The state Assembly has approved the budget plan this afternoon, but they rejected two of the most controversial measures within it. Following a 20 hour session, the state assembly has approved the budget plan sending the package of financial fixes to Governor Arnold Schwarzenegger. Here to fill us in on all the latest is KPCC’s capital reporter Julie Small. Julie Small brings us up to date on how the budget looks without these two measures in it.
Thirty years ago this summer, a movie came out featuring Mel Brooks, Bob Hope, Richard Pryor, Orson Welles, Steve Martin... and a frog named Kermit. "The Muppet Movie" is playing on the big screen once again this weekend... at a cemetery! It’s part of the Cinespia film series at the Hollywood Forever cemetery. That’s where KPCC's Alex Cohen met up with John Wyatt, the man who started showing classic movies in the final resting place of some of Hollywood's greatest stars.
In Los Olivos, California, debate over the future of a piece of property once owned by Michael Jackson is heating up. Last summer a company called Colony Capital, LLC purchased the loan on the property known commonly as Neverland Ranch. KPCC has called Colony and the company won’t commit on their plans for the 2,500 acre site, but neighbors are worried that the ranch could be developed as a tourist destination in tribute to the King of Pop. They’ve recently formed a group called “NEVER” which refers to when they’d like to see a Graceland style-like resort in their community. Alex Cohen asked founder Bob Field what leads him to believe that Colony Capital has plans for the ranch’s development.
Part of the budget deal state lawmakers struck this week is a plan to cut one and a quarter billion dollars from prison spending. The L.A. Times reported today that the state would do that by reducing the prison population by around 27,000 inmates. Sacramento’s reporter Julie Small joins KPCC's Alex Cohen to talk about that deal.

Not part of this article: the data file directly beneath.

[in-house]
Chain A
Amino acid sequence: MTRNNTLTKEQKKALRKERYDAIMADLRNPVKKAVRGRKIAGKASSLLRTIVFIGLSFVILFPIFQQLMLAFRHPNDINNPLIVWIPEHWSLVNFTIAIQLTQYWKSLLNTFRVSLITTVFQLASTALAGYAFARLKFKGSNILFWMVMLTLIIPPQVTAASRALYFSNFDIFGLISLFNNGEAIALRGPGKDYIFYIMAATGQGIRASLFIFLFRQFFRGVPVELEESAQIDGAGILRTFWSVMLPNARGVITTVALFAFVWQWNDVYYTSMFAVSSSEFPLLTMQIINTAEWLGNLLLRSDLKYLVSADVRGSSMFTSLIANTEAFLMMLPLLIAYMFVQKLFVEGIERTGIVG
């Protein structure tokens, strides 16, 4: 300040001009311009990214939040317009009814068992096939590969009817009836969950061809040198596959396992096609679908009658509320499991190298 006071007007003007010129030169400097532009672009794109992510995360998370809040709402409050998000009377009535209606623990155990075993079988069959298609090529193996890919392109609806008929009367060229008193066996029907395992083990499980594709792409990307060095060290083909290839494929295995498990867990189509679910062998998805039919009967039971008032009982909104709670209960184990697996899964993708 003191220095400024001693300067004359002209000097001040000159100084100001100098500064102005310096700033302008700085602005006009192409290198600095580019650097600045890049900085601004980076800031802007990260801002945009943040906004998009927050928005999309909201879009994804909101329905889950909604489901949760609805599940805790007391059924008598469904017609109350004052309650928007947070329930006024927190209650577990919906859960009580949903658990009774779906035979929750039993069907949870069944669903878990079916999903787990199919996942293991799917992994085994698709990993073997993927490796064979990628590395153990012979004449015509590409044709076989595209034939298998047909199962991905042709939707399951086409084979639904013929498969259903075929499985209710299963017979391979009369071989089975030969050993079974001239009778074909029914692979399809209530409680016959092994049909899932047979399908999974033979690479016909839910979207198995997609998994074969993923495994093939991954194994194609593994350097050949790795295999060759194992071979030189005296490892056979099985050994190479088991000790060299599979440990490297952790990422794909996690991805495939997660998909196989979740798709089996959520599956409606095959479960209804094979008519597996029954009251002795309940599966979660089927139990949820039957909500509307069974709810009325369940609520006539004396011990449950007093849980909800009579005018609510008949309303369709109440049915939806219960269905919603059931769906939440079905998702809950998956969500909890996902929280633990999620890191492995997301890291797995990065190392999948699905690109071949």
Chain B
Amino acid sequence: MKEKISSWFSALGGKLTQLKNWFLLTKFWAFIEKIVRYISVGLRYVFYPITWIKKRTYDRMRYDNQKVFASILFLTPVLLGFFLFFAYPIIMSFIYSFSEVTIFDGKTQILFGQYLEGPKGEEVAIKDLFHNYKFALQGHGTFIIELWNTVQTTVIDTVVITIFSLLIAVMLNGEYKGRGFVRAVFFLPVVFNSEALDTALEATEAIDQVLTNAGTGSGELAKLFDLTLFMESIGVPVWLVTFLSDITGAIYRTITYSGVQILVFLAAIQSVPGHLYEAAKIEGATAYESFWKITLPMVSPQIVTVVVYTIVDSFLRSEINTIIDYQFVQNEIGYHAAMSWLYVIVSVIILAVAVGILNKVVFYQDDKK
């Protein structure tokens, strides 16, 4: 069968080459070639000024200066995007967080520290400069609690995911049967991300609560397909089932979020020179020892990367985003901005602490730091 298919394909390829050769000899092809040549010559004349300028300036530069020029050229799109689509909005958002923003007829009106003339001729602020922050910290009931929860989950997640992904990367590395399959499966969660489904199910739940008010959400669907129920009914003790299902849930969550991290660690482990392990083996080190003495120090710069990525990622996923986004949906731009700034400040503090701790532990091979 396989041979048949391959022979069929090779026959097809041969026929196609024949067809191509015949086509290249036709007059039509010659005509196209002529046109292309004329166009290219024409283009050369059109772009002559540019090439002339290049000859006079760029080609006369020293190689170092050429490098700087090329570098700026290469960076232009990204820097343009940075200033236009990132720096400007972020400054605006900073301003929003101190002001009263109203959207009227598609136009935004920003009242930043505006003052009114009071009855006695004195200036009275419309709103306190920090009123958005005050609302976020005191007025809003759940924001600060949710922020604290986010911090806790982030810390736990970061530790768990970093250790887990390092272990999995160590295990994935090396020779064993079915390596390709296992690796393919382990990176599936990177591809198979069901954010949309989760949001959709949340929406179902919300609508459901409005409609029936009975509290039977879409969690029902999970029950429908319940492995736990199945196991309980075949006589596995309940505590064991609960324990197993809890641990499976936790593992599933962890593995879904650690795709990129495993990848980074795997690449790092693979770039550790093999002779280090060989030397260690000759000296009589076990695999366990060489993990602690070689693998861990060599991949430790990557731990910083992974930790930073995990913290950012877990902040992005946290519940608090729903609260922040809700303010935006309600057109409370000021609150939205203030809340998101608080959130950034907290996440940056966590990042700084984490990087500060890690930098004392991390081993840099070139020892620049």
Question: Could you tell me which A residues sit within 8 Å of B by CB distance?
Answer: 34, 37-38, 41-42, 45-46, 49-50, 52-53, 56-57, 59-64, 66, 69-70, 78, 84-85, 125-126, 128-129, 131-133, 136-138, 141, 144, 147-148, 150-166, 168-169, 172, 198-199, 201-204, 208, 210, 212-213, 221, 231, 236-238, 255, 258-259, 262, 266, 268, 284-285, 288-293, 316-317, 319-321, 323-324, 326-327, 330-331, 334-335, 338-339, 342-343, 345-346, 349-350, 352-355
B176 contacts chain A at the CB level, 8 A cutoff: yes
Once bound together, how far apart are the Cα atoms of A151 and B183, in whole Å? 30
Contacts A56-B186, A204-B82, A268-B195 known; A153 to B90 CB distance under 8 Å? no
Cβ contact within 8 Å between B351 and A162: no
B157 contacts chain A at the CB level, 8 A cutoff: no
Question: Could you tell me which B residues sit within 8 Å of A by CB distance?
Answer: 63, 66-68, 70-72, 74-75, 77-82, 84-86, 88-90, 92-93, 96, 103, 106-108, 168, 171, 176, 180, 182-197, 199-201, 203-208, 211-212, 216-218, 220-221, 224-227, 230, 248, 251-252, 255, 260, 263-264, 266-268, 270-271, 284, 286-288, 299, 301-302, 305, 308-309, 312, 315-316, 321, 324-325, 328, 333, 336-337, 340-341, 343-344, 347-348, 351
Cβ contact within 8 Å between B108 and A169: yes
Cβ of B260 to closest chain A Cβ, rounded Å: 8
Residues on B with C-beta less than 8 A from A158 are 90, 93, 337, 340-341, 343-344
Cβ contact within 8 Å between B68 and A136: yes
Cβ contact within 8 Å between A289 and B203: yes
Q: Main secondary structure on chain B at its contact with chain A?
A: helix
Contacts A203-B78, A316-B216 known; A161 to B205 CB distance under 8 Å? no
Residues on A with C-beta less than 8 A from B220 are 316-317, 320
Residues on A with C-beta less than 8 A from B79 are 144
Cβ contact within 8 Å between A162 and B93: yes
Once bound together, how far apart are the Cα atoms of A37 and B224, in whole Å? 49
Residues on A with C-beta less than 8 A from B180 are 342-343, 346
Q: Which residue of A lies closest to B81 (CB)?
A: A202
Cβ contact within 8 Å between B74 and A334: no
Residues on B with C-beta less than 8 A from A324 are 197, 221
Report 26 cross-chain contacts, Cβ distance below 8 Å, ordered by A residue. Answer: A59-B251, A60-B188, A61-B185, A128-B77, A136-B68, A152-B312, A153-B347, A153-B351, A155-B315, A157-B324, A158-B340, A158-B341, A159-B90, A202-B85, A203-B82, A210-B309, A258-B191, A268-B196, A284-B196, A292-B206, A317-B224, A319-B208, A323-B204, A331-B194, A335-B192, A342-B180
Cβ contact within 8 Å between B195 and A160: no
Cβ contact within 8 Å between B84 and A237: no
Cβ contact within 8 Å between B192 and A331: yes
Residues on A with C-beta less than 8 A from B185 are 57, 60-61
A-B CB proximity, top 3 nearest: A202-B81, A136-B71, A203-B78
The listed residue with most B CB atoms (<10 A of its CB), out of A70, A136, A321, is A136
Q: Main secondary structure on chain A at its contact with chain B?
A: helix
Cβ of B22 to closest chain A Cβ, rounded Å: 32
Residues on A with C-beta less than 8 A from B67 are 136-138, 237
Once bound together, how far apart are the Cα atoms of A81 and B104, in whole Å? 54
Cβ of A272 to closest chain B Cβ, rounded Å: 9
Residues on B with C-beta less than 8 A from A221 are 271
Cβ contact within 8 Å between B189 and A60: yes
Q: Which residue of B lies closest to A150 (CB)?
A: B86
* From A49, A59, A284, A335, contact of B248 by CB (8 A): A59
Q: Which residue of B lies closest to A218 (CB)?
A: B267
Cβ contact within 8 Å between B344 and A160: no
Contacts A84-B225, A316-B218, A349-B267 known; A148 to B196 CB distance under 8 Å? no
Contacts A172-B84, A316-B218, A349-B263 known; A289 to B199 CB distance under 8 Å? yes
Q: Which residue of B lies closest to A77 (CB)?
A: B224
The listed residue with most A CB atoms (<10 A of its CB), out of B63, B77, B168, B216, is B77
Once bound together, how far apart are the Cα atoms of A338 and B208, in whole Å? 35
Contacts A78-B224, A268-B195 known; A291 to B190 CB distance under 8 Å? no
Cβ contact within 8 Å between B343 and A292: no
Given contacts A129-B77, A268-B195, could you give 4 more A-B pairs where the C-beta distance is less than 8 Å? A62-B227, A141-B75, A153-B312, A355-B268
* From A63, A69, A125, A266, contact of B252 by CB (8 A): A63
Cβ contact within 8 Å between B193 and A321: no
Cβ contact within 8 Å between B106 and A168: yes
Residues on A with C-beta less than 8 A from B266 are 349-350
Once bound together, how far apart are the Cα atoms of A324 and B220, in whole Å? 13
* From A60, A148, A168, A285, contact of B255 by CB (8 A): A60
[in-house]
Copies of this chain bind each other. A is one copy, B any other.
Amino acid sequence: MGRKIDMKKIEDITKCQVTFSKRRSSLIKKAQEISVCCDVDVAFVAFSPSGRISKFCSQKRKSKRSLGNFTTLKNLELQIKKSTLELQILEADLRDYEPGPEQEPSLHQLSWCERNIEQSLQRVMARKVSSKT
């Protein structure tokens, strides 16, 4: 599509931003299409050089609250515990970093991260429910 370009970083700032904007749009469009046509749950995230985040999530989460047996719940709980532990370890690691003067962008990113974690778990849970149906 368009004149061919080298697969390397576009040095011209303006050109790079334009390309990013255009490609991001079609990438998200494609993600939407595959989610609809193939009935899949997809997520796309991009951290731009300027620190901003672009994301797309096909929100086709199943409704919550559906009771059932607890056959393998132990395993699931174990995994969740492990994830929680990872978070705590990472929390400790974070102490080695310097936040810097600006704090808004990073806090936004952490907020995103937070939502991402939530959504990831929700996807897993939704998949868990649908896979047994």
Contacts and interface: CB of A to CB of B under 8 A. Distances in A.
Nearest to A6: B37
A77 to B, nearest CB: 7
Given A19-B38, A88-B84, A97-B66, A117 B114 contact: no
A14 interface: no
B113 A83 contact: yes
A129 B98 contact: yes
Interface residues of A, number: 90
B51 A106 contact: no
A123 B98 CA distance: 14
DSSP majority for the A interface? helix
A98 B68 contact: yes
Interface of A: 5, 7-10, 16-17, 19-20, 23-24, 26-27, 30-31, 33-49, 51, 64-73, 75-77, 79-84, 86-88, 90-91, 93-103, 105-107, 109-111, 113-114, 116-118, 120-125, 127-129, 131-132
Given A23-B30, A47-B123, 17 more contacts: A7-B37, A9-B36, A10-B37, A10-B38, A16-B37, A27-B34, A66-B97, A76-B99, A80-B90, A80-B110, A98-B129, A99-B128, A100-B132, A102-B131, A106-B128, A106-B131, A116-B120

KPCC's Alex Cohen talks to Sacramento reporter Julie Small as news breaks that Governor Schwarzenegger and legislative leaders agree on a budget that would close California's multi-billion dollar deficit.
A trailblazer for African-American women writers passed away last week. Judi Ann Mason died on July 8th en route to UCLA Medical Center. She was 54.
This weekend, Sean Tillmann, a.k.a. Har Mar Superstar, will take to the stage at the Three Clubs in Hollywood. Har Mar’s sound is one part Stevie Wonder, one part Prince, maybe a little Ginuwine, too. His look...? Well, he looks like a short white guy from Minnesota - because that is exactly who Sean Tillmann is. The name Har Mar actually comes from a mall back home. Har Mar has grown a loyal fan base on account of his recorded music, comic video tributes to holidays, and his live shows. KPCC's Alex Cohen recently spoke with Har Mar at his home in Hollywood.
The mayor of Lancaster is threatening to shut down the Desert Inn motel. KPCC’s Alex Cohen says the city’s trying to thwart the Mongols motorcycle club.
Julius Shulman, one of the world's foremost architectural photographers, died. He was 98 years old. Jonathan Weedman, Regional Vice President of the Wells Fargo Foundation, had the pleasure of meeting Shulman 10 years ago. The two became close friends and shared a passion for photography. Weedman told KPCC's Alex Cohen what Shulman was like away from his camera.